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Female Wombats Signal That They're DTF By Biting Their Mates On The Rear—And We Totally Get It

Female Wombats Signal That They're DTF By Biting Their Mates On The Rear—And We Totally Get It

Female wombats like to bite male wombats on the butt when they are ready to mate, according to researchers at Australia's University of Queensland.

Published in Reproduction, Fertility, and Development, the study indicated that hairy-nosed wombats, which are endangered, don't breed well in captivity, and sought to document how females find mates in the darkness of night.

Using infrared cameras, researchers watched female wombats, which are nocturnal, puttering around looking for potential mates. The team of researchers also noticed that the females' urination patterns changed, possibly due to hormonal variations related to the desire to mate.

But as our headline states, the female wombats also exhibited a curious behavior—biting the rear ends of males that strike their fancy.

Tamara Keeley, one of the authors of the study, explained that butt biting, in congruence with nighttime pacing and changes in urinary patterns, could be indicative of females' desires to find a mate.

"Female wombats in the wild have been found to move around more than the males so it is possible that she goes out looking for potential mates in anticipation for breeding," Keely told Mashable. "It is possible that this biting behaviour is in response to an increased amount of attention by the male, a lack of interest in that particular male, or a means of trying to challenge him before mating to see if she deems him a suitable mate."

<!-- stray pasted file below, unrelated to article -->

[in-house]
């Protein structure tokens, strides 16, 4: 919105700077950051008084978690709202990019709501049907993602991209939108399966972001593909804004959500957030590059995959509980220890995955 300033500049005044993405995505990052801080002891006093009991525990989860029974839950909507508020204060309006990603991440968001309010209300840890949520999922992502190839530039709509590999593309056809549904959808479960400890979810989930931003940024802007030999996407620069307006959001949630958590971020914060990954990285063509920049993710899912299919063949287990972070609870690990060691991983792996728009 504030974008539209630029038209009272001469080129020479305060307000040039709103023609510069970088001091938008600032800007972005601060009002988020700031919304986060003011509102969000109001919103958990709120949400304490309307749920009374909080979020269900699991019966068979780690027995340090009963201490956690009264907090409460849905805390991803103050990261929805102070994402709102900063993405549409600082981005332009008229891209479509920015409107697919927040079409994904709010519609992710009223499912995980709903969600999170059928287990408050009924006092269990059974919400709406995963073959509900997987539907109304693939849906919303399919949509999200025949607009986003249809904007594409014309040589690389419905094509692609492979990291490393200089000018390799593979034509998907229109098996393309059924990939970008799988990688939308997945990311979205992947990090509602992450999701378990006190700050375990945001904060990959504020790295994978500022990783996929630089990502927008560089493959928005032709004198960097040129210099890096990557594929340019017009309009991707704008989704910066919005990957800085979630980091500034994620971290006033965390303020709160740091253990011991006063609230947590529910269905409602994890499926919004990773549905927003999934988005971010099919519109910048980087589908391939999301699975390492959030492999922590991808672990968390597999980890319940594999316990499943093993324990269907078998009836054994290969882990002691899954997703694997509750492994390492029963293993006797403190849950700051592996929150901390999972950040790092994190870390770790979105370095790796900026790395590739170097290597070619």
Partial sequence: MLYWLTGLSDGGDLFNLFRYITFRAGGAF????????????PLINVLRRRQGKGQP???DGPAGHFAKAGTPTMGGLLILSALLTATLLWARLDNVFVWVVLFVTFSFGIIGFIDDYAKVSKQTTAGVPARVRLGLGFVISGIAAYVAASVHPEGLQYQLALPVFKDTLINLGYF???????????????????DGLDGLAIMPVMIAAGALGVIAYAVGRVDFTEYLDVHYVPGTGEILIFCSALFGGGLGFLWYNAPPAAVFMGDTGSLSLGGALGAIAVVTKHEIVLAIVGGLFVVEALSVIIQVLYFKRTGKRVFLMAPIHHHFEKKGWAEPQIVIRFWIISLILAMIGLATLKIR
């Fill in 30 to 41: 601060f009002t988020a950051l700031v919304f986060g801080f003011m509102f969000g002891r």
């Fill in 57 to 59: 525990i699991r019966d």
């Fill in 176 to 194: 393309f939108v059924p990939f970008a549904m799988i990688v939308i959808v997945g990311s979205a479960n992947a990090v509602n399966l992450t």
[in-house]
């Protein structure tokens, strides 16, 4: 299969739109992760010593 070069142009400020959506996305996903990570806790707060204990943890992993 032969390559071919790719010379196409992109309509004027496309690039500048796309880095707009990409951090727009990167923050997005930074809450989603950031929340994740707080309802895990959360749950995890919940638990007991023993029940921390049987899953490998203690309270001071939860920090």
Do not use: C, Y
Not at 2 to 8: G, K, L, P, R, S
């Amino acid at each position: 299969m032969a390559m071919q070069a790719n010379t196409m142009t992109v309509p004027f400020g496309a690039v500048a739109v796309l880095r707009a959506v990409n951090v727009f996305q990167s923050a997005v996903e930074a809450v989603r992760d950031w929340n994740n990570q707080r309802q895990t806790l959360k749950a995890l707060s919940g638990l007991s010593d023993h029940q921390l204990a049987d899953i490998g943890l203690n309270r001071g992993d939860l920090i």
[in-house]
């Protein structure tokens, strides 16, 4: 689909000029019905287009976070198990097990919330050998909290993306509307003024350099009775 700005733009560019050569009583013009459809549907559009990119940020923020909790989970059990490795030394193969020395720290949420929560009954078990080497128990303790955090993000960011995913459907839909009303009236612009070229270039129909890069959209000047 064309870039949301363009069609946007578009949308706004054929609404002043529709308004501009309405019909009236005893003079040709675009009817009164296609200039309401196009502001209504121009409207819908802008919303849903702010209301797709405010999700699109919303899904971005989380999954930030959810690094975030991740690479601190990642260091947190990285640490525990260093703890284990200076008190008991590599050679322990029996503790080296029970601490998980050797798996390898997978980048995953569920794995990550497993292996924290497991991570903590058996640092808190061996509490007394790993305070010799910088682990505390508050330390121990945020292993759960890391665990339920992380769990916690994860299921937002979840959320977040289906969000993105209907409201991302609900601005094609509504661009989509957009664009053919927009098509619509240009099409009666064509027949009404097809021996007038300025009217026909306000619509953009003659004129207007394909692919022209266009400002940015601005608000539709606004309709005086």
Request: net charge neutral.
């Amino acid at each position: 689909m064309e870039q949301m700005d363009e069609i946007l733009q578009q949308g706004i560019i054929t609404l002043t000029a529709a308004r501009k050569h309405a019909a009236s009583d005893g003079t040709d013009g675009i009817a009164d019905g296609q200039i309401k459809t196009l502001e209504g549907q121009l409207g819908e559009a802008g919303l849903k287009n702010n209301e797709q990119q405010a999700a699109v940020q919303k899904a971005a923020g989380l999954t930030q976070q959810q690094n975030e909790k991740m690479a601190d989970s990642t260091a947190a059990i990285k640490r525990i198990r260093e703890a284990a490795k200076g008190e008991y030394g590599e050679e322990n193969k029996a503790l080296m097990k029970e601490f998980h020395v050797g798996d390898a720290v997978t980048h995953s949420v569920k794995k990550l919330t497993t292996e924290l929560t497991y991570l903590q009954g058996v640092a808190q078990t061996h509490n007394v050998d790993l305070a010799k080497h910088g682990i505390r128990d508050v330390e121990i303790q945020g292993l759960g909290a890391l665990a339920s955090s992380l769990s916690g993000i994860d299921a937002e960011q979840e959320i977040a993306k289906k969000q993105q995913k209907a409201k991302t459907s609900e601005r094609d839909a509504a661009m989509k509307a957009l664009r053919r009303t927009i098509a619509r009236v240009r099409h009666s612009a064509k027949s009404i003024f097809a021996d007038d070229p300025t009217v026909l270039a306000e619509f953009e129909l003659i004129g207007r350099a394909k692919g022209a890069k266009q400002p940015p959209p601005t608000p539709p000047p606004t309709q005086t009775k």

Butt biting, Keeley theorizes, is an attempt to gauge mating compatibility. Her theory is based on observations of other animals who engage in nibbling on the rear ends of potential mates.

"In some species, but not the wombat, females show behaviour signs associated with being in oestrus (receptive to the male)," Keeley said. "In wombats we were looking for any changes in any behaviour that might be linked to her reproductive status. Knowing when a female will be receptive to a male will help us better manage the animal and hopefully increase breeding success."